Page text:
Did a large number of black troops fight for the Confederacy?

Sunday – 7/24/2011

Hank Silverberg

WASHINGTON – It was a small paragraph of a large textbook, but the controversy sparked by the big error led to a a complete review of the way Virginia reviews its textbooks.

The textbook falsely claimed that African American soldiers fought for the confederacy in large numbers.

Now, with the 150th anniversary of the war in the forefront, the curator of the African American Civil War Museum says the controversy really was the result of bad scholarship.

"The best way to clarify and understand is to use primary sources," says Harry Jones.

He says there is plenty of documentation that more than a quarter million blacks troops fought for the Union during the war. There are letters from many of them and letters from politicians and general praising their bravery and competence.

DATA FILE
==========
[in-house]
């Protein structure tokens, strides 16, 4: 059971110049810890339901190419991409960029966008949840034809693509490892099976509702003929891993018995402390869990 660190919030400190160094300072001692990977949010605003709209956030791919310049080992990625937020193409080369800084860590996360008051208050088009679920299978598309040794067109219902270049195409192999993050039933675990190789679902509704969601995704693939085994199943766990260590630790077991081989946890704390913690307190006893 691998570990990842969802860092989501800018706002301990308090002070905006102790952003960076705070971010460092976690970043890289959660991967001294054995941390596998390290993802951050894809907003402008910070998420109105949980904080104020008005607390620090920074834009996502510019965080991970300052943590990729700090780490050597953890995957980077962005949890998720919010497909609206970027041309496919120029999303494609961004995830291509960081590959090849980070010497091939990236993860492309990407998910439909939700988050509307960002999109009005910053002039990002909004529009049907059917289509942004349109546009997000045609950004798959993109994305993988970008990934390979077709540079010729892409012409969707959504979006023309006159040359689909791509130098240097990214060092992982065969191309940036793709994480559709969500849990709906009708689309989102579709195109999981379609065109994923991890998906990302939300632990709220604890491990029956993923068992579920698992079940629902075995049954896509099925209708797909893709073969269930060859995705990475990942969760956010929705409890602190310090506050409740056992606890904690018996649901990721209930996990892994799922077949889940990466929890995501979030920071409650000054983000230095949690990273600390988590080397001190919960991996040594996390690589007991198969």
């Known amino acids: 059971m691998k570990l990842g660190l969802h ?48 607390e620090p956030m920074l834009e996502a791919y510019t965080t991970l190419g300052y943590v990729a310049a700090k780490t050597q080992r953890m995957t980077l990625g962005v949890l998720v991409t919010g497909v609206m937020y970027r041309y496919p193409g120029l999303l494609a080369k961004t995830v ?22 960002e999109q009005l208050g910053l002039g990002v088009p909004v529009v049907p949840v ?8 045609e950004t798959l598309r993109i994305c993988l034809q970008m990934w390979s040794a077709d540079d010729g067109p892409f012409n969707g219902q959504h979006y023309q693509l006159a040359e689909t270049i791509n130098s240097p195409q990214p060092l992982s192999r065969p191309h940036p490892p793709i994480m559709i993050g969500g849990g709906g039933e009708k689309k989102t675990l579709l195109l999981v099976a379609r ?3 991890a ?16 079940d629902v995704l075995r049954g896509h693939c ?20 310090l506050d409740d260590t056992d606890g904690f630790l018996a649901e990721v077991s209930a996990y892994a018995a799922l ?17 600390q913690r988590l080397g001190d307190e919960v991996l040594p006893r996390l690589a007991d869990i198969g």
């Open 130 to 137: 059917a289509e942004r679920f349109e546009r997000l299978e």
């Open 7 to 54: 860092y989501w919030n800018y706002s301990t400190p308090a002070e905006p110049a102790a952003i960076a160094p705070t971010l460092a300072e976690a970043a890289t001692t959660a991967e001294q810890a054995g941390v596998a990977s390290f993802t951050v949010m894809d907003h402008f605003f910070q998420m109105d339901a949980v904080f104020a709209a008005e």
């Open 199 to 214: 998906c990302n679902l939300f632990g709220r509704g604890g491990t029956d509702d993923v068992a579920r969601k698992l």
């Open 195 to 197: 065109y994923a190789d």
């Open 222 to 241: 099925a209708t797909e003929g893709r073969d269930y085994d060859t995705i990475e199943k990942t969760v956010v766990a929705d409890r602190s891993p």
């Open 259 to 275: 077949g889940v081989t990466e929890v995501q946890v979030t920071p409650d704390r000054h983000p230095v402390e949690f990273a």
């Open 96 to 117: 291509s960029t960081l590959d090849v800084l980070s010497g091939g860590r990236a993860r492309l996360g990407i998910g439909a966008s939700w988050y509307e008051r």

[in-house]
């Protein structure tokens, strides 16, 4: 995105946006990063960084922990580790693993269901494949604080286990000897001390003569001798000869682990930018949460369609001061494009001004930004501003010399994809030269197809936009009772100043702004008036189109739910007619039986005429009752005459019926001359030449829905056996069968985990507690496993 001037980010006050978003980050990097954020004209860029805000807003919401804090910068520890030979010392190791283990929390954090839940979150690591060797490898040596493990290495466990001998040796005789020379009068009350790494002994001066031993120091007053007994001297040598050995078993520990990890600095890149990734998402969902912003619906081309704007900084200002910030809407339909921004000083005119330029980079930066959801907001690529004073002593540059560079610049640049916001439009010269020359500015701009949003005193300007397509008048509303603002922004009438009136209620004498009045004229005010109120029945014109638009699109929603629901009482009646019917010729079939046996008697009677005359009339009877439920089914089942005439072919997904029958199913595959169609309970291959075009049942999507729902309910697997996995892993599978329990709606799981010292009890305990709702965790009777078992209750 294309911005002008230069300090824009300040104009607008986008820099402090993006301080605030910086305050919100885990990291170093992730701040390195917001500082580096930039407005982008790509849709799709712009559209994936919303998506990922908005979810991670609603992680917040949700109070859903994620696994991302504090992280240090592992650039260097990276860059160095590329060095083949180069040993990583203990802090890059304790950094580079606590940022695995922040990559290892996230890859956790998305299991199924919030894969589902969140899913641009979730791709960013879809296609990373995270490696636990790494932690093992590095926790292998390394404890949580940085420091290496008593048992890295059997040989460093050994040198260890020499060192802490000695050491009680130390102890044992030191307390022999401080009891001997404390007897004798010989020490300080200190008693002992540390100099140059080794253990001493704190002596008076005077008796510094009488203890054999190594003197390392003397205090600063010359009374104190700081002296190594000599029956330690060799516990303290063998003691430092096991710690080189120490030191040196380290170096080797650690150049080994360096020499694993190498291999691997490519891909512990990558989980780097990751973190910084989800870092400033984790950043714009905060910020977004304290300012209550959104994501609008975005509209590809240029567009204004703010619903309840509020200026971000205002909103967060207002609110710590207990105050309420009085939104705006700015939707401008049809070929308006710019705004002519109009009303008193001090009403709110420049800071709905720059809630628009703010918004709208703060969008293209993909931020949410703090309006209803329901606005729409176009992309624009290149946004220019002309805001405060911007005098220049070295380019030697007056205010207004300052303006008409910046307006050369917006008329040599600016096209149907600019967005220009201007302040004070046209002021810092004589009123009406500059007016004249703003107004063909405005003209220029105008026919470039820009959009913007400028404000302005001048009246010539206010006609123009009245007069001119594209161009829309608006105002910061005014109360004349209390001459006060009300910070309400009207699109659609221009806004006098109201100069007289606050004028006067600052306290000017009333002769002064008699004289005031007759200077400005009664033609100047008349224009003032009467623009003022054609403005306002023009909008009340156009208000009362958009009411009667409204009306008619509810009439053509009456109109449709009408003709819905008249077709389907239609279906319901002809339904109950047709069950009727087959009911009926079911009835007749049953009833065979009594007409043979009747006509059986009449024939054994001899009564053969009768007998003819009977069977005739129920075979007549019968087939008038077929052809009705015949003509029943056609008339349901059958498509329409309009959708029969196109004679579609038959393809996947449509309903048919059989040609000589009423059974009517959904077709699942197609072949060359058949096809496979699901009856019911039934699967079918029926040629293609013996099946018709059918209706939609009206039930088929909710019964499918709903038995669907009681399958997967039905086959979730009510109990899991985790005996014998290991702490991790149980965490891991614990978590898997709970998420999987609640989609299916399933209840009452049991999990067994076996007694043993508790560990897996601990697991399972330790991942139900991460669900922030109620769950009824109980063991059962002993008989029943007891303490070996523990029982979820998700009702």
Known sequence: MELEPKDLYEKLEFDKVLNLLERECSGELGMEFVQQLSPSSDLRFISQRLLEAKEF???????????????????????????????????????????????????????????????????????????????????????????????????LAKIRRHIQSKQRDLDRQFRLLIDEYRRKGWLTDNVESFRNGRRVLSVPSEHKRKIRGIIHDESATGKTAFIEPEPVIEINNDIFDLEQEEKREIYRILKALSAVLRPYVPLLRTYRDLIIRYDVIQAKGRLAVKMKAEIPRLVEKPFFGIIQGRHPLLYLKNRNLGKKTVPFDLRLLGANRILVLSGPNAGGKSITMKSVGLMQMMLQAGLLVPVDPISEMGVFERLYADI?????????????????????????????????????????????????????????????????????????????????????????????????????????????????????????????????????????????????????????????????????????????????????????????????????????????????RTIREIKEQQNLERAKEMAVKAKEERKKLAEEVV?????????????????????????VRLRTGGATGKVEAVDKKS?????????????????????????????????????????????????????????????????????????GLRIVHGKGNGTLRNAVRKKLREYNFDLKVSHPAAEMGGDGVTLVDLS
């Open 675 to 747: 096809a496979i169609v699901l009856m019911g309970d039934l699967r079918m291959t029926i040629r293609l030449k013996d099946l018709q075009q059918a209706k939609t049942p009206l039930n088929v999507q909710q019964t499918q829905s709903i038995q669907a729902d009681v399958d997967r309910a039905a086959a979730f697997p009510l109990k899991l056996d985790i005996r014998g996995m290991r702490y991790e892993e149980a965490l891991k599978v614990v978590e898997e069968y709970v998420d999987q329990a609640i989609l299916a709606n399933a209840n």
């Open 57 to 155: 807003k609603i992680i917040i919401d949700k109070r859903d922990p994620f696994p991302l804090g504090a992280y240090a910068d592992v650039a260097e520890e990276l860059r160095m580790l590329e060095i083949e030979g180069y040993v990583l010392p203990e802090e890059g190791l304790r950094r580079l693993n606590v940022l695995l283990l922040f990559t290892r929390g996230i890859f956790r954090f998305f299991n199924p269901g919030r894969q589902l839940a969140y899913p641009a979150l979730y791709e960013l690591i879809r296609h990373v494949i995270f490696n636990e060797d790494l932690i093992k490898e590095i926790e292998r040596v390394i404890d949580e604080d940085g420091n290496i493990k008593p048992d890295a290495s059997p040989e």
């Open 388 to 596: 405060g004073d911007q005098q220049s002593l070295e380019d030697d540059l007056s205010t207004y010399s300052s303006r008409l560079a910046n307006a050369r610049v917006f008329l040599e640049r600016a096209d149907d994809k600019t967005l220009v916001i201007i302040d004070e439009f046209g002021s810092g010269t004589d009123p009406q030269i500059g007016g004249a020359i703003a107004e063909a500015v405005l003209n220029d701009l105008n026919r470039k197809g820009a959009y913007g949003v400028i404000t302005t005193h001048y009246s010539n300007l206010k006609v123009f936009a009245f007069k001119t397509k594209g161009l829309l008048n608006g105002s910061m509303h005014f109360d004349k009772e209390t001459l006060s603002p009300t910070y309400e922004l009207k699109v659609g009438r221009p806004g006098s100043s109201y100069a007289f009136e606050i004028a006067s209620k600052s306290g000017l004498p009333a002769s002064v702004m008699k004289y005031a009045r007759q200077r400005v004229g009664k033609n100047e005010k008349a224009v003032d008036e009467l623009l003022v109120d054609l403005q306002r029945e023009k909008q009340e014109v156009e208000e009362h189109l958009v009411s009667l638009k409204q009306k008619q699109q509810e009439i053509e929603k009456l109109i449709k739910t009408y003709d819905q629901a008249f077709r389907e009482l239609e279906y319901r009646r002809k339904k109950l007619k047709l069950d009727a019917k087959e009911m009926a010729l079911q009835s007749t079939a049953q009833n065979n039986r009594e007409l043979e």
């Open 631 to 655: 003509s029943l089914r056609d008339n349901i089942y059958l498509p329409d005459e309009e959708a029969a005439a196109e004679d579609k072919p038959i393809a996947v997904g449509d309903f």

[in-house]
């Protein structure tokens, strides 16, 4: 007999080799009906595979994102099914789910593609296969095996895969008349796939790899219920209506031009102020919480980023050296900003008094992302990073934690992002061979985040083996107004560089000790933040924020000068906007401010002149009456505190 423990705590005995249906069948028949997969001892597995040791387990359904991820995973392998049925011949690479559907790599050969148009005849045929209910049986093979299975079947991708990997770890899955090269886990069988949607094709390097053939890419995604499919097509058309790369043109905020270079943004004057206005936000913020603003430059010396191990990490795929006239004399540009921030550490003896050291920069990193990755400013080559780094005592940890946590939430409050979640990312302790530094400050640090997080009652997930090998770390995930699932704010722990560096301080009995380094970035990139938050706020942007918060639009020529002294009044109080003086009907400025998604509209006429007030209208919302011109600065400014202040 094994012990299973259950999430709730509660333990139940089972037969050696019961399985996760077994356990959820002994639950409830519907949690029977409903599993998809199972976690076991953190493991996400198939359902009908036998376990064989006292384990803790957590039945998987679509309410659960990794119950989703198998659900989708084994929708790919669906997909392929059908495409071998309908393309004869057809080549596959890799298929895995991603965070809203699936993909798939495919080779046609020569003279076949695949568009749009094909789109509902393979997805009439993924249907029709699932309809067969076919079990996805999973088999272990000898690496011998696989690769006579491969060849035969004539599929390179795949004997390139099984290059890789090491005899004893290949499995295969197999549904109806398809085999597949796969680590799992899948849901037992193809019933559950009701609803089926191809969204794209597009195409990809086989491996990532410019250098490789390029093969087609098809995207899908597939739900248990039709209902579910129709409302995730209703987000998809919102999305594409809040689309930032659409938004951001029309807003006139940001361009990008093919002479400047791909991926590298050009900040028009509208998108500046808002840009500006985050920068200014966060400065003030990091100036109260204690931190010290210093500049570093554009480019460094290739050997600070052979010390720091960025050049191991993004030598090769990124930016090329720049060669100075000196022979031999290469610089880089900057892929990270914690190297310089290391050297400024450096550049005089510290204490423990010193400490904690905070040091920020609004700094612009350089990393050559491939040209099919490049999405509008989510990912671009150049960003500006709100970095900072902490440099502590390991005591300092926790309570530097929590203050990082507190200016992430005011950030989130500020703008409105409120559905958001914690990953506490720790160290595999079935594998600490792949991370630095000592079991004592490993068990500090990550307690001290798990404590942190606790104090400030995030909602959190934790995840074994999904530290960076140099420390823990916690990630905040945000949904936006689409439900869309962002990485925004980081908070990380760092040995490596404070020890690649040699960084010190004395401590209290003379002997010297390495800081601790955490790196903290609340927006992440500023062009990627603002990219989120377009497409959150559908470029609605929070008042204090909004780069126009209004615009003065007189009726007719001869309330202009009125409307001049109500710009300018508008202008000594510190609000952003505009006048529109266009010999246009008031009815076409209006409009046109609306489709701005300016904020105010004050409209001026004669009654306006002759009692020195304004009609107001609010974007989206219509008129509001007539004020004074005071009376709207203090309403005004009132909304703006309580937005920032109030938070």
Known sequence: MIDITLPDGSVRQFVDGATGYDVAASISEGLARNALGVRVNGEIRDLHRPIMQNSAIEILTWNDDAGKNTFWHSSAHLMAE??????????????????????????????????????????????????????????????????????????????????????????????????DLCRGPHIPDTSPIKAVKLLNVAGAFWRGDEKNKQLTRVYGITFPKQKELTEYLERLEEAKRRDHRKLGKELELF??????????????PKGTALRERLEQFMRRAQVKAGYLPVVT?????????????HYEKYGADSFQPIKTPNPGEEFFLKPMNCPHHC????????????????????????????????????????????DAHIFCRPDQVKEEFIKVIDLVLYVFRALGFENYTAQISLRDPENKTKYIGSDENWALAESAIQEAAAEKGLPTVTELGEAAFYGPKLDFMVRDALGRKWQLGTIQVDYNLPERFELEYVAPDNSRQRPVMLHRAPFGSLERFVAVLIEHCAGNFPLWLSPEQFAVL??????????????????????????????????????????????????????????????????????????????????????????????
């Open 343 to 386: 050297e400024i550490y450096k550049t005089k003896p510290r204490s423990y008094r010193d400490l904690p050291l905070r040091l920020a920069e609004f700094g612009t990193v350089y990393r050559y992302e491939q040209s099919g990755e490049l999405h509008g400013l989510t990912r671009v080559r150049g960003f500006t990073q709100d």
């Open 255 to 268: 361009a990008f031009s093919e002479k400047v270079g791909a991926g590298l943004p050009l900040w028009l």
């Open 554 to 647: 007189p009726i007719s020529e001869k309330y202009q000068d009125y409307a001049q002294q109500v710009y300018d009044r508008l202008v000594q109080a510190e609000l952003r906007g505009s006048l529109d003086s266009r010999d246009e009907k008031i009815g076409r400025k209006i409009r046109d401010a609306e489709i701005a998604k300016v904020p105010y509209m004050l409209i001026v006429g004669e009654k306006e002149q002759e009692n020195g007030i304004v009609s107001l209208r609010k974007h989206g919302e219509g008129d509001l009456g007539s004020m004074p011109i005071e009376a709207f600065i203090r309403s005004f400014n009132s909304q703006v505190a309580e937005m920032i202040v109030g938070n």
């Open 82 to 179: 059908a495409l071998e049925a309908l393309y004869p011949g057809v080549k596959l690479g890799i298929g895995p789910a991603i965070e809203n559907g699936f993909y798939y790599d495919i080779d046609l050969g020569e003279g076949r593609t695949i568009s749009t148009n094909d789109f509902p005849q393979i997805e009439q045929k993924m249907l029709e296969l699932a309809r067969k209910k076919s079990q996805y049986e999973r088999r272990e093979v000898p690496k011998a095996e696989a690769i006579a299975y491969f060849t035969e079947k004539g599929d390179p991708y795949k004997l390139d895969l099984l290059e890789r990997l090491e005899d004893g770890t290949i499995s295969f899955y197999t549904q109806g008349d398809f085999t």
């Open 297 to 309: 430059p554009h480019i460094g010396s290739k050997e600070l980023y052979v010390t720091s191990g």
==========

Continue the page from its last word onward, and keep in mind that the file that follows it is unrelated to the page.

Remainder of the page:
But Jones, says such documentation does not exist for claims that black troops fought for the south.

"There’s a lot of poor scholarship," he says.

The museum does include a captured letter from Louisiana Gov. Henry Allen. Writing to the Confederate Secretary of War, Allen arguing for use of blacks troops to fight the south. It was rejected by Confederate President Jefferson Davis.

The Confederate Congress did approve the use of black troops in April of 1865.

"By the time the legislation is passed, Jefferson Davis signs it into law and they begin trying to recruit, United States Colored Troops have captured Richmond."

General Robert E. Lee surrendered at Appomattox just a few days later and the Confederacy ceased to exist.

Most Civil War historians say only a few hundred black troops ever served for the South and may never been in any battles.

The book which created the controversy, called "Our Virginia" was being used in Prince William and Fairfax County schools.

It was filled with many other inaccuracies as well, claiming there were 12 Confederate States instead of 11 and that the U.S. entered World War I in 1916 when it was actually 1917.

Copyright 2011 by WTOP

On The Web:   http://www.wtop.com/?nid=120&sid=2467762


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